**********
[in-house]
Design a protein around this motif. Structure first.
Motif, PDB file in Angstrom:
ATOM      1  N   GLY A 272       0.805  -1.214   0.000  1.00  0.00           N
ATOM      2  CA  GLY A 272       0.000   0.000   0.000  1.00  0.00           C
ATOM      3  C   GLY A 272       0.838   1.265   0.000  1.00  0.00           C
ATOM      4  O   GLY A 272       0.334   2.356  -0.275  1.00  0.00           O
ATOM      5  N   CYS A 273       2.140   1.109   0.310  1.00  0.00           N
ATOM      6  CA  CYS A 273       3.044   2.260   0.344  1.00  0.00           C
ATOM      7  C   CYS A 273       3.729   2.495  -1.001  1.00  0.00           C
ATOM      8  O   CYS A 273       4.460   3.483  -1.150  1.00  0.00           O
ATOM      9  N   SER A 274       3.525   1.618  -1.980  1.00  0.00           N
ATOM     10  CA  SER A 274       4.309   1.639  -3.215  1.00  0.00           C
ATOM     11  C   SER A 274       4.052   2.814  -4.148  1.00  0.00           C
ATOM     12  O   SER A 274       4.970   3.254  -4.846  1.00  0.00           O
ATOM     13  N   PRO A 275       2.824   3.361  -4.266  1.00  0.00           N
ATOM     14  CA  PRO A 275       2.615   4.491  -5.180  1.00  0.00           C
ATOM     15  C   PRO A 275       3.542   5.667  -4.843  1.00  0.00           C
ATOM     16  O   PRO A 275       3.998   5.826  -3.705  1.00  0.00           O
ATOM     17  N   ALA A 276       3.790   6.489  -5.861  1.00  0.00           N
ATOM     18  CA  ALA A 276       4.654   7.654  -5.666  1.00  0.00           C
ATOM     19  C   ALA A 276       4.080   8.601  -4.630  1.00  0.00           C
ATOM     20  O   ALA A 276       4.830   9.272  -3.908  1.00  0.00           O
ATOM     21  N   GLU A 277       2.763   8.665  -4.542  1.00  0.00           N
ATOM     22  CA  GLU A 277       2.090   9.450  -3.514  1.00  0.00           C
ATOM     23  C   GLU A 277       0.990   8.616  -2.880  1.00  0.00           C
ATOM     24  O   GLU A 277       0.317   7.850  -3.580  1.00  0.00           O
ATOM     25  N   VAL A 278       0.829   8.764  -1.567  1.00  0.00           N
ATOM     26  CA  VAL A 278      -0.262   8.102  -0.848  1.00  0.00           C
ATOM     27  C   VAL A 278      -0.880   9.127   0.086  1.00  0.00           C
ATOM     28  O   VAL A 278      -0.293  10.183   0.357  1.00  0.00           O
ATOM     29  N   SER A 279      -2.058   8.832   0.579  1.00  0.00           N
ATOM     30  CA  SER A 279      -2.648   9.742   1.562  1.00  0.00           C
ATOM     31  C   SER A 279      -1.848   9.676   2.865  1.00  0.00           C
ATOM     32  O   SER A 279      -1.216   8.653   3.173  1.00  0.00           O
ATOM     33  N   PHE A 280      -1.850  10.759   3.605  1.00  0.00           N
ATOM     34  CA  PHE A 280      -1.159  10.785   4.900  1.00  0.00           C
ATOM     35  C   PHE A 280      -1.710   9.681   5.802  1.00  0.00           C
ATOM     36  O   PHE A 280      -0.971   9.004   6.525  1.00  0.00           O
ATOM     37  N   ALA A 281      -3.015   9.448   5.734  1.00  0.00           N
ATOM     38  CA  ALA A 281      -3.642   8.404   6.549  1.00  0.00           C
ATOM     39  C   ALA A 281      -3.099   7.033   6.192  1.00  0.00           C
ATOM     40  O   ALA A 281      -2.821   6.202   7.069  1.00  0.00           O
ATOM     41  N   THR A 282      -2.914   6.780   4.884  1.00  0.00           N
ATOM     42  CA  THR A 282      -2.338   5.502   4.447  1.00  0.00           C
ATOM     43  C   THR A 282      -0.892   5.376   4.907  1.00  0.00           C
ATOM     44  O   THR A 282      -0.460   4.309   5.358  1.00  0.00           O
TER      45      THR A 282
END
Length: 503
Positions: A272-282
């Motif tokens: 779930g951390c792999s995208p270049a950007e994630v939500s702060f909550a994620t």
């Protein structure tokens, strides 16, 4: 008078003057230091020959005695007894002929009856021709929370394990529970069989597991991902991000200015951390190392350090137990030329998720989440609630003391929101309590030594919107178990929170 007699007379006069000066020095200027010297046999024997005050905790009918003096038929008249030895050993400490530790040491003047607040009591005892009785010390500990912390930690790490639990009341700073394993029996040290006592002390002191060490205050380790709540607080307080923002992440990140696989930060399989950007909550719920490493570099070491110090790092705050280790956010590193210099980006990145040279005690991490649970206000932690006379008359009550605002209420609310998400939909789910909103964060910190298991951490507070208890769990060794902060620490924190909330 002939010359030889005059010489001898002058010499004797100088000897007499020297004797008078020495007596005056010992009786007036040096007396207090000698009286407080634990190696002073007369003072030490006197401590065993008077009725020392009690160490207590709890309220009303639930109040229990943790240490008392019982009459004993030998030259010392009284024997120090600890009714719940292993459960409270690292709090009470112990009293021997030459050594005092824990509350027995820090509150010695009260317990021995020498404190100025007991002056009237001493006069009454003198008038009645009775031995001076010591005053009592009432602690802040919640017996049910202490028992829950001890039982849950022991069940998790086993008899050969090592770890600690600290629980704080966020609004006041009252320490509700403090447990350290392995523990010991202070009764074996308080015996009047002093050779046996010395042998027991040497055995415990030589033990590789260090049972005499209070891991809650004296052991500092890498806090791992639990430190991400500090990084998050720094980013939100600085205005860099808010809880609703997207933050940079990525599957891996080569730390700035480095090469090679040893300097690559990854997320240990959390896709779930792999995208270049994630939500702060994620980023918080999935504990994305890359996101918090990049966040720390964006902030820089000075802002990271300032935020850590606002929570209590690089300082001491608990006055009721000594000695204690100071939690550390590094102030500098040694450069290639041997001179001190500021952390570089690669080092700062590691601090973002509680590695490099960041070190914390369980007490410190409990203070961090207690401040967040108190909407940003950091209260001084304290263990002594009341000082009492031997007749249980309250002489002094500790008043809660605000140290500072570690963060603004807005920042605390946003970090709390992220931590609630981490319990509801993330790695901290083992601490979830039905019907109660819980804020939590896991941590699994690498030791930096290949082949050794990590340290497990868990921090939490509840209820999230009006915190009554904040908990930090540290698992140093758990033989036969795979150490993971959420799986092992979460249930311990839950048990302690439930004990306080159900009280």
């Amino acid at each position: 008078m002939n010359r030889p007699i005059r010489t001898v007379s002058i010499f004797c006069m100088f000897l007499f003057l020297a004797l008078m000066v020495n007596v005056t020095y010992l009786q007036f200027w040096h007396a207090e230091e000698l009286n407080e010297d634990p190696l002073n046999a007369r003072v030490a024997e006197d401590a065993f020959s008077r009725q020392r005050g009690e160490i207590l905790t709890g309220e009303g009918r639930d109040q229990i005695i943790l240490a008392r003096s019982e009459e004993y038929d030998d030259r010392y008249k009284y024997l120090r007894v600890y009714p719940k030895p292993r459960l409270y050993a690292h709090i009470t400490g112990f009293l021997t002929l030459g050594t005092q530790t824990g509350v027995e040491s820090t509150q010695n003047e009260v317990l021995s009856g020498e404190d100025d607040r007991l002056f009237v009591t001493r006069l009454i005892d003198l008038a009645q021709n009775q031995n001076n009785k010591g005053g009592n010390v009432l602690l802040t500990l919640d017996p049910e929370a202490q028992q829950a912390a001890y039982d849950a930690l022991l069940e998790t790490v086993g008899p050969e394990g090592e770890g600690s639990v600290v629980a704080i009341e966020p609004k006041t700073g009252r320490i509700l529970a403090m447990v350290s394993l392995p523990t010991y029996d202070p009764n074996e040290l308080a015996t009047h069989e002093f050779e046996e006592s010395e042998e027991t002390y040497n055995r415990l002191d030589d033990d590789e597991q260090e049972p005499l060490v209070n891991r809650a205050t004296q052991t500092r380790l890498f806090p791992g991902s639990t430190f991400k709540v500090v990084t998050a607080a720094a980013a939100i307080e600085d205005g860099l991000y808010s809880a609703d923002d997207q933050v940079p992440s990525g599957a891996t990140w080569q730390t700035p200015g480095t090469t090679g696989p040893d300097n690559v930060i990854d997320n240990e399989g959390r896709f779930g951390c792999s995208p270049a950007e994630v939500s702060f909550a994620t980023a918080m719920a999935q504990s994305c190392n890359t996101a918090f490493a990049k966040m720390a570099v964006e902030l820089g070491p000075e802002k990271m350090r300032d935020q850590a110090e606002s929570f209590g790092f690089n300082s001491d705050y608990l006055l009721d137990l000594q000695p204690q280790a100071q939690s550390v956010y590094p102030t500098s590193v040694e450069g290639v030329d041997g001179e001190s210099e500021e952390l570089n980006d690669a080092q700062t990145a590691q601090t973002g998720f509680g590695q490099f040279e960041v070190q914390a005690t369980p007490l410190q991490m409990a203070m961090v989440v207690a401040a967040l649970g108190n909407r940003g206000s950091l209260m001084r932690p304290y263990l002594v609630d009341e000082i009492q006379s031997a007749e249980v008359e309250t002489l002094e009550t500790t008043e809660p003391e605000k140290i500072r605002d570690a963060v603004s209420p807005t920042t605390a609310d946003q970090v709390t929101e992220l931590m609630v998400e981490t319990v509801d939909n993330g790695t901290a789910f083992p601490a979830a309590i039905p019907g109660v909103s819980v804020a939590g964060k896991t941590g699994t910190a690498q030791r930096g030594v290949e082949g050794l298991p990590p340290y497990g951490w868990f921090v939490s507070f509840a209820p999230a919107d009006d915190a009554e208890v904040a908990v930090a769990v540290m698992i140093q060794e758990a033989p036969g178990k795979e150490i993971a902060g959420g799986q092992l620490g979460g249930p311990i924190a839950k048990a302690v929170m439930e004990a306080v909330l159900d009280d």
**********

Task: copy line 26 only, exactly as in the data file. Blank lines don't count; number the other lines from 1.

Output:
ATOM     23  C   GLU A 277       0.990   8.616  -2.880  1.00  0.00           C